So where to go now. One would hope that the good folks in the Valley of Silicon would be working on developing a more secure platform for communication – one less-likely to be infiltrated, monitored or usurped. One would hope. For me, at least for the time being, the best course of action is just to carry on without. At the moment, it’s kind of nice – call it the alternative path – the one less-travelled post-2005 when we all jumped on the social media bandwagon. We’re still here and still keeping busy – some would say even busier than usual, at least in the case of this weekend. The joys of anxiety as I await the results of interview one and the potential call for interview 2. But I figured I’d at least mention something about it here for anyone who may be curious. Which is where I’ll leave it for the time being. Considering it’s Sunday at all, there’s a baby to feed, laundry to do and a pile of cold-pizza left over from babysitting one of Xime’s toddler friends last night that isn’t going to eat itself. More soon.

Still turning somehow, albeit in a more interesting fashion

•February 16, 2017 • Comments Off on Still turning somehow, albeit in a more interesting fashion

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Trying to remain positive in light of the general paranoia that currently comes as part of the package of being an immigrant family in the current regime. As I write this, I’m taking care of my weekly office hours duties, which, being new to the faculty game, I’m realizing is less about providing a time for you to be available to meet with students, but more about taking the time to actually do something in your office. Hence this post. I’m also fresh off the plane, having taken a trip out to Ohio to lecture in the possible anticipation of another academic position. More on that as it comes through the pipes, but I figured I’d mention that to put things in perspective as they unfold. So, what’s new? Other than the barrage of news media about the reality show currently called the United States of America, there’s actually a few shows and some music I should mention, if only to keep things relevant. First, the shows. Now that Xime’s old enough to spend time with both mom and dad, we’re beginning to branch out a bit and start booking things again. Upcoming on my end is a show in Takoma Park at the Electric Maid on Feb 25th. This will probably be a Sound System show, though I’ve also considered dusting off a could Max patches to twiddle around with. I guess I should figure that out sooner than later. Also upcoming is the retirement festivities back out on Ohio of my dear friend, mentor and professor John Talbert, where I’ll be performing on laptop and sound system, delivering a lecture and supporting Pau in her presentation as well. Also on the bill will be some stuff by Peter B and Bevin Kelley – always fun! After that, an east coast tour with Alex Catona and a lecture at Columbia University – and then a show at RhizomeDC taking us into May. Looking forward to every and all. But in the meantime, lots of building to be done, a few pending releases on VF Industrial and a heads up that VF collaborator Brandon Ross has been really going deep with his 23. Here’s a recent track of his – check it out!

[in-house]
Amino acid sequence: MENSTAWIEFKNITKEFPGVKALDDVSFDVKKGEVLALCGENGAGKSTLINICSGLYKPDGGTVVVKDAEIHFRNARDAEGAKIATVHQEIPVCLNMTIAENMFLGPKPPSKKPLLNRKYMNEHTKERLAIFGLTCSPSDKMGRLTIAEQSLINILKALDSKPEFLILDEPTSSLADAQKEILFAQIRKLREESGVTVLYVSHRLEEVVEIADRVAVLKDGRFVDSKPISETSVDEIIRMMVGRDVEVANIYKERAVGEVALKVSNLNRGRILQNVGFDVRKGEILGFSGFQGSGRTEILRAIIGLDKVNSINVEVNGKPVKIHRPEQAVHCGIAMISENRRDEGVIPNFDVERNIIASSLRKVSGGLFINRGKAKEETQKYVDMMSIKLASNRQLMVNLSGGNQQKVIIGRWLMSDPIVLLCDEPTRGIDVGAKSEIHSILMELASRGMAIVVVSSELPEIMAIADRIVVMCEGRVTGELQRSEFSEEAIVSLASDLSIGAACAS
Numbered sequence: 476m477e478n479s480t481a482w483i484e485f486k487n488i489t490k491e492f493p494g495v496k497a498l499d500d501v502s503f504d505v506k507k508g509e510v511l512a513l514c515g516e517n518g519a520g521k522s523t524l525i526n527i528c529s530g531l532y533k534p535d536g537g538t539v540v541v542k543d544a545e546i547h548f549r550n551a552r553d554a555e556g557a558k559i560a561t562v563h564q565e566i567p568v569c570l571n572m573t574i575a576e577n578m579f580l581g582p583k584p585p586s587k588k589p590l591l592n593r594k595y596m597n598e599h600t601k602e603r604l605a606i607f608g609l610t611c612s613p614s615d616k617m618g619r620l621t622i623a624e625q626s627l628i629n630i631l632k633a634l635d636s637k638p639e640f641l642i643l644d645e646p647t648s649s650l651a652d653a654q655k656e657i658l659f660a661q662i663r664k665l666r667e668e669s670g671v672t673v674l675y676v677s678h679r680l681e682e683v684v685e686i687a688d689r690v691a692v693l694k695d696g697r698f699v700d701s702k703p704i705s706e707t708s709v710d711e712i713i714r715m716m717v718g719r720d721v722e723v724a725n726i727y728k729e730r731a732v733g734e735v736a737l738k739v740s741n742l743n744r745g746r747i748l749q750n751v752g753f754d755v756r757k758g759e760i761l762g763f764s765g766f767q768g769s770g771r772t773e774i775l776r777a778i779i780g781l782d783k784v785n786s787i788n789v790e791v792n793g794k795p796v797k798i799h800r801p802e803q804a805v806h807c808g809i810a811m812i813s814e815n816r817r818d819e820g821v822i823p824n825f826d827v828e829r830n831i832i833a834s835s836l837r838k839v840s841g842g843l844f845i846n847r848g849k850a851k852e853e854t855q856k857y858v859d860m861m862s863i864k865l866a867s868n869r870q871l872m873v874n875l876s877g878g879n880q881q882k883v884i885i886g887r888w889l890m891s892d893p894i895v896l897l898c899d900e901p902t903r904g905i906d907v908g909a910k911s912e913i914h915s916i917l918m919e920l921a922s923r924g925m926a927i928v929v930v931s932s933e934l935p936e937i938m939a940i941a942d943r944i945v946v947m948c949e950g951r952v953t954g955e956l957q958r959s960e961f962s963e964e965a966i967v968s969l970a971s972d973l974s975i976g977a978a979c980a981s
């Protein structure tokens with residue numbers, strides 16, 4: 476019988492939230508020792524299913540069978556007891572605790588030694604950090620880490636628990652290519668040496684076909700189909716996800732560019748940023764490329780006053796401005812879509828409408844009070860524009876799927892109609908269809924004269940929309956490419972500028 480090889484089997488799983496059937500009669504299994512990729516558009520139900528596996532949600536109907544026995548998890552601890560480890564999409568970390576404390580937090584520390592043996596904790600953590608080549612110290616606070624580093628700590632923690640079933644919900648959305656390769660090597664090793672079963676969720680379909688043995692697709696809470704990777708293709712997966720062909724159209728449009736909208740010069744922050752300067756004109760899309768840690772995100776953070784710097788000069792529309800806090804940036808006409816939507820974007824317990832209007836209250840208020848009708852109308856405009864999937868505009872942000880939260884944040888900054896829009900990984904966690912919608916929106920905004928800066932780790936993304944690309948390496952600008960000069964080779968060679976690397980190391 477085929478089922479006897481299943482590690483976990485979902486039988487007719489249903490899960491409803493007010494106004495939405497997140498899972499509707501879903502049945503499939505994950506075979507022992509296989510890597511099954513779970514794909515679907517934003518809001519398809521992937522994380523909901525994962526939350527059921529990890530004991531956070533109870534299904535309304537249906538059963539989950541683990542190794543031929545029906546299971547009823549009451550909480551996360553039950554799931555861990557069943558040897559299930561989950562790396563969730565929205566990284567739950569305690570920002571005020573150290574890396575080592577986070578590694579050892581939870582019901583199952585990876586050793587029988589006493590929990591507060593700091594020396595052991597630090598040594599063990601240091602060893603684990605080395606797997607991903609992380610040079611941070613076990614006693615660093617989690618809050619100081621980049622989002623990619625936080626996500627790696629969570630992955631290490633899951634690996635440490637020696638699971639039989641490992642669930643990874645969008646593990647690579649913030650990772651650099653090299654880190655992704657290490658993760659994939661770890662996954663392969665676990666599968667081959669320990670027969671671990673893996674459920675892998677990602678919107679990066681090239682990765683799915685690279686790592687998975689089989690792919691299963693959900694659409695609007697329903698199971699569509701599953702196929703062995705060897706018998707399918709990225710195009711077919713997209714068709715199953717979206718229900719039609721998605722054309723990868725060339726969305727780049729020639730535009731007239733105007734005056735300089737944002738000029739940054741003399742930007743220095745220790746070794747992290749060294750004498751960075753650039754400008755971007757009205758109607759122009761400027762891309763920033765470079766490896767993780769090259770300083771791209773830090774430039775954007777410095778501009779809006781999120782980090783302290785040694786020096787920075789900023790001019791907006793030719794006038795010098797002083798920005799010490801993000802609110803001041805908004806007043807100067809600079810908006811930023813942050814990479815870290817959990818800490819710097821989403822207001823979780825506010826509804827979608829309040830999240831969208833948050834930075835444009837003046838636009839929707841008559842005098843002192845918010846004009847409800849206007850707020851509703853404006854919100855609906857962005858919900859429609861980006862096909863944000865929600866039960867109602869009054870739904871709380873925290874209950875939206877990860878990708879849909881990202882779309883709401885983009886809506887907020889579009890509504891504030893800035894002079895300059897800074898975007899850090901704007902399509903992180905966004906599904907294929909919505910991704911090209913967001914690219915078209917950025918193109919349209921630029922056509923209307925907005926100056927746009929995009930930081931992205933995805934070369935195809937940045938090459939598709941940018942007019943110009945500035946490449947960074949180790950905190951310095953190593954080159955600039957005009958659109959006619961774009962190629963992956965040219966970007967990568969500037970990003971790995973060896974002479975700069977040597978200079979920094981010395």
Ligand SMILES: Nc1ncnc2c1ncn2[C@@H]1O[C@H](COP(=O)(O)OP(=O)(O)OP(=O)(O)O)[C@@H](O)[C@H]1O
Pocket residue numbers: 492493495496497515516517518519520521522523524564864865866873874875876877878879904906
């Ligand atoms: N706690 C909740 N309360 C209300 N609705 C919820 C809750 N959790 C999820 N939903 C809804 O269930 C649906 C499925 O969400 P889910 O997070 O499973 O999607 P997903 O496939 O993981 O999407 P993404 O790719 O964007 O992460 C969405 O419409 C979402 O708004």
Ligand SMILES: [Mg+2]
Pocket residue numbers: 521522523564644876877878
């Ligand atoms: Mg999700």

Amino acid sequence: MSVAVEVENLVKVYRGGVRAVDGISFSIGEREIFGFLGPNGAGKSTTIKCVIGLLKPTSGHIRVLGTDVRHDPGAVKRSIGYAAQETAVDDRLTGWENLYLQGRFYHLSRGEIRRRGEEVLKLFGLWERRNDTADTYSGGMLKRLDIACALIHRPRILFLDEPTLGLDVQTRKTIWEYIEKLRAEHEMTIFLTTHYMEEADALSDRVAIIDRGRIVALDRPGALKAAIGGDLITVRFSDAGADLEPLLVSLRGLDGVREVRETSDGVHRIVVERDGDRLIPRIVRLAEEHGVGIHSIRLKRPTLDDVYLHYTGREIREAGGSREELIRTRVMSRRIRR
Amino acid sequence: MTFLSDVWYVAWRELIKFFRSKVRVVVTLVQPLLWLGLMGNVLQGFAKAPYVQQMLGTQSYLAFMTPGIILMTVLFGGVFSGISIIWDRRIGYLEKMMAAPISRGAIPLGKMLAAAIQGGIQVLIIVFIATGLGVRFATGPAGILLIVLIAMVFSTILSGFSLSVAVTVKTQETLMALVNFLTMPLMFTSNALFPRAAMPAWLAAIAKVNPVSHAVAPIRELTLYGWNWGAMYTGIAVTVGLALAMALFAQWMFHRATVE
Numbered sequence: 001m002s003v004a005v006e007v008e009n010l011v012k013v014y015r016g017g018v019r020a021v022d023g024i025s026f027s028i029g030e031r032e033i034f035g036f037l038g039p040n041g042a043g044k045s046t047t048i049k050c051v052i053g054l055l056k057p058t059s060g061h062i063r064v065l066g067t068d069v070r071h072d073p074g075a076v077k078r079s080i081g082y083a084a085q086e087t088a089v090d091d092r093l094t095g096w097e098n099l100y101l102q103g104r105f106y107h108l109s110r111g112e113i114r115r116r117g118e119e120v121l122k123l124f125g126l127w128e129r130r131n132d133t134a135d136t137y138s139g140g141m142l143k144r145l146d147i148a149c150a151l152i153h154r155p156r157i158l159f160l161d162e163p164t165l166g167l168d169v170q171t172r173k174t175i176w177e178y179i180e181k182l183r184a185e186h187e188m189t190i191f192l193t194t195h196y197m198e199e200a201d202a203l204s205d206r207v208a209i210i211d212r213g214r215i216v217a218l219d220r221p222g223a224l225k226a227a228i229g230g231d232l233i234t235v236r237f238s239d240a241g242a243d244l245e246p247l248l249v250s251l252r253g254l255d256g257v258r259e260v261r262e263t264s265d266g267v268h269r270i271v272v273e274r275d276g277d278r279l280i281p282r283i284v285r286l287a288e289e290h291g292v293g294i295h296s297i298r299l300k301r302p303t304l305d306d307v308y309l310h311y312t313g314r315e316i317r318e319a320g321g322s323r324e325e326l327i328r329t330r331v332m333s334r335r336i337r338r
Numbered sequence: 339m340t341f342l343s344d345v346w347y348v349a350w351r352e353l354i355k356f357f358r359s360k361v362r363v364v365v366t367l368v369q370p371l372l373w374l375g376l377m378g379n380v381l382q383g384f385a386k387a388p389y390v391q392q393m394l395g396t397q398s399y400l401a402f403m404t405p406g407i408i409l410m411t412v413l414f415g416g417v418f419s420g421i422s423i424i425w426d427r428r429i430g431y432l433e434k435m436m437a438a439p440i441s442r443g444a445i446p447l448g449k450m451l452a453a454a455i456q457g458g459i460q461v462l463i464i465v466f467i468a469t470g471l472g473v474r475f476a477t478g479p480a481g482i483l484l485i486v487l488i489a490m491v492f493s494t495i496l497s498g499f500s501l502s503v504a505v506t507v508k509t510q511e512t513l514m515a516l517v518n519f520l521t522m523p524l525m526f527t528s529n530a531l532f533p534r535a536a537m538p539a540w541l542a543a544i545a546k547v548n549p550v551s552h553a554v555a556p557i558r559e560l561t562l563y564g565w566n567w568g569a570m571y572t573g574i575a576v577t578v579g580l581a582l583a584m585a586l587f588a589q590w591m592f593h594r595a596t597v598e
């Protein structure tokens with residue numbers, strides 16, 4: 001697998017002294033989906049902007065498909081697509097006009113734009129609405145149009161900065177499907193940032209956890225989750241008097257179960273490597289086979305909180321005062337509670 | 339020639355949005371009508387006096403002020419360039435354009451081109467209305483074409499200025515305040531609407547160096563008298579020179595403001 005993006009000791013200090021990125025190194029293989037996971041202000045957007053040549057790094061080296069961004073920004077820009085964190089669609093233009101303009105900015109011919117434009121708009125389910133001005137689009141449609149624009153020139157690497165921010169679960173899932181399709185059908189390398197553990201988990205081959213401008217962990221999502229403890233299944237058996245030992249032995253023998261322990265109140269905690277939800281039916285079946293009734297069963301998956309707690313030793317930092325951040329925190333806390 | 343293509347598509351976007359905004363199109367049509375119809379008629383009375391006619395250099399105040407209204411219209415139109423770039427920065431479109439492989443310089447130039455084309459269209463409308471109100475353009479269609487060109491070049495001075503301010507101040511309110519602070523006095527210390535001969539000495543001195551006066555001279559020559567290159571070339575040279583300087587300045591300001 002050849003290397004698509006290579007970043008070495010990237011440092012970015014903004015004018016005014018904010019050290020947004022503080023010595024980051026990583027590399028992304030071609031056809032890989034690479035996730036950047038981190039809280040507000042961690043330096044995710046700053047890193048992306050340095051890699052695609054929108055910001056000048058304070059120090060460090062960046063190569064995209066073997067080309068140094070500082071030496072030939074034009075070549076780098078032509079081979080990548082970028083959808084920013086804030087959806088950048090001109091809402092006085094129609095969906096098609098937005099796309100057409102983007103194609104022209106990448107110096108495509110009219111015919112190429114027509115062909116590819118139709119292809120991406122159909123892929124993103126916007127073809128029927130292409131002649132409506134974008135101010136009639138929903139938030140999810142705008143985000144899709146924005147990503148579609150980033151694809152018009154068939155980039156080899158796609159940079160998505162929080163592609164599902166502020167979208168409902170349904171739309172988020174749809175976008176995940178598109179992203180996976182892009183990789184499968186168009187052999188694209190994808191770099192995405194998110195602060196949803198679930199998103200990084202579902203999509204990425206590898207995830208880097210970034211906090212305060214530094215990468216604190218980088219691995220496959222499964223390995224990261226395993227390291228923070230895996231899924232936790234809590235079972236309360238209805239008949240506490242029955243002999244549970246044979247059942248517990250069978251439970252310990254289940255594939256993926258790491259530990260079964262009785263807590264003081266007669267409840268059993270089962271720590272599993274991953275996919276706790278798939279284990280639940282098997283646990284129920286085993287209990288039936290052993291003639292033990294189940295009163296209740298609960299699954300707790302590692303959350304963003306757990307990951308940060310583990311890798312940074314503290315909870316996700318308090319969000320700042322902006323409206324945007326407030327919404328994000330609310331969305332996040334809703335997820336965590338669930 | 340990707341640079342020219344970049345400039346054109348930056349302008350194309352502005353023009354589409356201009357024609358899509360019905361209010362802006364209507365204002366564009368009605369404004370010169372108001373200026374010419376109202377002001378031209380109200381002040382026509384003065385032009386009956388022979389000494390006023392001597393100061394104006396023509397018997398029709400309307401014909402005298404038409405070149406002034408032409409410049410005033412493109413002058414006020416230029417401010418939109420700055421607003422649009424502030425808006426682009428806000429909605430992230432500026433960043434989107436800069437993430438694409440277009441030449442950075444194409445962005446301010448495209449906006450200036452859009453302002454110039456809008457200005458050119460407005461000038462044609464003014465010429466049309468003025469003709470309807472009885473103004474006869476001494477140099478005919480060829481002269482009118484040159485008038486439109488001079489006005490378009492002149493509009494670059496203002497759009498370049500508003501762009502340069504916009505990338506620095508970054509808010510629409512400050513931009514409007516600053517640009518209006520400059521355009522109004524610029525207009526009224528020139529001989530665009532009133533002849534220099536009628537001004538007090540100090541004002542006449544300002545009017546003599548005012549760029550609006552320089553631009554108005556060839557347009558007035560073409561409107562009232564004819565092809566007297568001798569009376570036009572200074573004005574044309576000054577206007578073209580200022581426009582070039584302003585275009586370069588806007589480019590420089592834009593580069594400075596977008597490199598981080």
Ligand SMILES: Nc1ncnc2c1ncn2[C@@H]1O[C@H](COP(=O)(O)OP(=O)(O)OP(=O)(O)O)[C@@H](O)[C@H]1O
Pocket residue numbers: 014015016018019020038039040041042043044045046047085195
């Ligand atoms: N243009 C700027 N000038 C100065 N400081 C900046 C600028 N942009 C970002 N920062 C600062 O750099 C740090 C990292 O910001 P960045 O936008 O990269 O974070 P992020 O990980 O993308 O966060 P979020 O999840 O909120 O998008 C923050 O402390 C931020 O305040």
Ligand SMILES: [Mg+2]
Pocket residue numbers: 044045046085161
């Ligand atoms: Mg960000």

And the world continues to turn, it seems

•January 29, 2017 • Comments Off on And the world continues to turn, it seems

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SO hi there. It’s been an unseasonably warm January in Baltimore, albeit gloomy in both the meteorological sense, as well as the spiritual one as well. Not to say that there hasn’t been a few nice days, but if we stick to the weather, it does feel like we’re somewhere in the UK as opposed to on the other side of the Atlantic where the birds are happy and there’s always music in the air. At least from a personal perspective, things have been quiet here as we’ve pretty much sheltered in place, waiting for whatever was going to happen when in proximity to Washington happen. Having a toddler and being in a perpetual state of immigration, the thoughts of coming into contact with either tear gas or detention by a militarized police force, instantly forfeiting the thousands of pages of documents and dollars sent thus far in our current adventure into bureaucracy. Never a good thing. Not to say that we aren’t with the rest of you in spirit but hey, family comes first.